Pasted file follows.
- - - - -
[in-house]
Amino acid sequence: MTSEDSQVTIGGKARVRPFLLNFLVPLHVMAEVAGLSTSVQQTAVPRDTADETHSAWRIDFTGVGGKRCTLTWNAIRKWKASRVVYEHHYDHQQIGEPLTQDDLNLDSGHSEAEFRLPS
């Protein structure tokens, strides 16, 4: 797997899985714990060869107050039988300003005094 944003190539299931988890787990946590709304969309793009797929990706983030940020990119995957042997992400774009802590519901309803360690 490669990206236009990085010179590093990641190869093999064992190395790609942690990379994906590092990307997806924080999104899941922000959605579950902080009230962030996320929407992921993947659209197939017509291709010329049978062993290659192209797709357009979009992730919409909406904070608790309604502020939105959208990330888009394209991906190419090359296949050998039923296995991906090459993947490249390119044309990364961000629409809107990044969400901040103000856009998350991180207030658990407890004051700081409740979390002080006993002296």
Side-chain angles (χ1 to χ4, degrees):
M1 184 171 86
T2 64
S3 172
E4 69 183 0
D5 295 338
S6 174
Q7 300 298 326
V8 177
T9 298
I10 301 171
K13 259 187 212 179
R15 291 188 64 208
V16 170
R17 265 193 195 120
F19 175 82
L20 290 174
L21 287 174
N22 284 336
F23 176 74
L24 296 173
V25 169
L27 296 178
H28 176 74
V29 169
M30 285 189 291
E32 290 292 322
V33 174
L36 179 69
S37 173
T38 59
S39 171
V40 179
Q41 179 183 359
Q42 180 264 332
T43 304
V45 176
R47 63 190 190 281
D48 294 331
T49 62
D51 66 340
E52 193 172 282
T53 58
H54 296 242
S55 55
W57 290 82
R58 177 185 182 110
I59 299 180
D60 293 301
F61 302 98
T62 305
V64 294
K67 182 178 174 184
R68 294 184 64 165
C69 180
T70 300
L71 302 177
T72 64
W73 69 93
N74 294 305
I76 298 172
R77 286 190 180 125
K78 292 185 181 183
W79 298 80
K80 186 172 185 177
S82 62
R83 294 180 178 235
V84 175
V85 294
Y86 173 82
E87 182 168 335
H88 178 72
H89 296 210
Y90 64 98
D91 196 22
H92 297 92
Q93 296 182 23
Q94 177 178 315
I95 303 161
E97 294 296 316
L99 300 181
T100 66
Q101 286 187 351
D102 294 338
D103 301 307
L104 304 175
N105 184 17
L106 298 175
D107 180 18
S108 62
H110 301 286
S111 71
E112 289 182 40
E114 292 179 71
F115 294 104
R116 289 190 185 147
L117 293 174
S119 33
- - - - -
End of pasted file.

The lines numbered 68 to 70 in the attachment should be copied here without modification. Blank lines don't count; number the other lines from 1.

K80 186 172 185 177
S82 62
R83 294 180 178 235